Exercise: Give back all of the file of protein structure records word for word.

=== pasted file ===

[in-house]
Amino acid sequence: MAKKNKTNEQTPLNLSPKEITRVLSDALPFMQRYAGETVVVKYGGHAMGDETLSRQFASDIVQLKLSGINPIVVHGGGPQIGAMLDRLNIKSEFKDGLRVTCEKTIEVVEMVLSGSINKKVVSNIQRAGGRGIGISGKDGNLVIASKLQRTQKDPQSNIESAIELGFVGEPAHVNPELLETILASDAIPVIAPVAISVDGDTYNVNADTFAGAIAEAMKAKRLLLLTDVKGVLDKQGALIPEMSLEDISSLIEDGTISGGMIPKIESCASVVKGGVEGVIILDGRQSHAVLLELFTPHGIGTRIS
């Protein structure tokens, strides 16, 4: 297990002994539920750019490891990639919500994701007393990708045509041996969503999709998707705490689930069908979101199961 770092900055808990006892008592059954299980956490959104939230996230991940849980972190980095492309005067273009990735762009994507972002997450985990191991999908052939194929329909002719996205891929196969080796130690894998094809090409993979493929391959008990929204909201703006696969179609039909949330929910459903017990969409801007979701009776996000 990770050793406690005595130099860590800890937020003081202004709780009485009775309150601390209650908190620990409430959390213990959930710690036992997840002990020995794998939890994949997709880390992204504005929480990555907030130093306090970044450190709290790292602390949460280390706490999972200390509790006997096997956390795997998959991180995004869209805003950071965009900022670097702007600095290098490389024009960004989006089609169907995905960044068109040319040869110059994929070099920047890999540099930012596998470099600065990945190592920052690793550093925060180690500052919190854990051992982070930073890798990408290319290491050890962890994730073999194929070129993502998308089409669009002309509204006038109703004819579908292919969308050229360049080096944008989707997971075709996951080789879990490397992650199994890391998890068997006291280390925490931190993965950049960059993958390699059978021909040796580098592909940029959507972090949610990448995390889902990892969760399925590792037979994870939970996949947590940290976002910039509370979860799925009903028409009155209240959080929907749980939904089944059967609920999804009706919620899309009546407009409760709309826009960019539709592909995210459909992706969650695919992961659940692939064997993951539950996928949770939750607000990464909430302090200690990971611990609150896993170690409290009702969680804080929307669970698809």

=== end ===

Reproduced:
[in-house]
Amino acid sequence: MAKKNKTNEQTPLNLSPKEITRVLSDALPFMQRYAGETVVVKYGGHAMGDETLSRQFASDIVQLKLSGINPIVVHGGGPQIGAMLDRLNIKSEFKDGLRVTCEKTIEVVEMVLSGSINKKVVSNIQRAGGRGIGISGKDGNLVIASKLQRTQKDPQSNIESAIELGFVGEPAHVNPELLETILASDAIPVIAPVAISVDGDTYNVNADTFAGAIAEAMKAKRLLLLTDVKGVLDKQGALIPEMSLEDISSLIEDGTISGGMIPKIESCASVVKGGVEGVIILDGRQSHAVLLELFTPHGIGTRIS
């Protein structure tokens, strides 16, 4: 297990002994539920750019490891990639919500994701007393990708045509041996969503999709998707705490689930069908979101199961 770092900055808990006892008592059954299980956490959104939230996230991940849980972190980095492309005067273009990735762009994507972002997450985990191991999908052939194929329909002719996205891929196969080796130690894998094809090409993979493929391959008990929204909201703006696969179609039909949330929910459903017990969409801007979701009776996000 990770050793406690005595130099860590800890937020003081202004709780009485009775309150601390209650908190620990409430959390213990959930710690036992997840002990020995794998939890994949997709880390992204504005929480990555907030130093306090970044450190709290790292602390949460280390706490999972200390509790006997096997956390795997998959991180995004869209805003950071965009900022670097702007600095290098490389024009960004989006089609169907995905960044068109040319040869110059994929070099920047890999540099930012596998470099600065990945190592920052690793550093925060180690500052919190854990051992982070930073890798990408290319290491050890962890994730073999194929070129993502998308089409669009002309509204006038109703004819579908292919969308050229360049080096944008989707997971075709996951080789879990490397992650199994890391998890068997006291280390925490931190993965950049960059993958390699059978021909040796580098592909940029959507972090949610990448995390889902990892969760399925590792037979994870939970996949947590940290976002910039509370979860799925009903028409009155209240959080929907749980939904089944059967609920999804009706919620899309009546407009409760709309826009960019539709592909995210459909992706969650695919992961659940692939064997993951539950996928949770939750607000990464909430302090200690990971611990609150896993170690409290009702969680804080929307669970698809």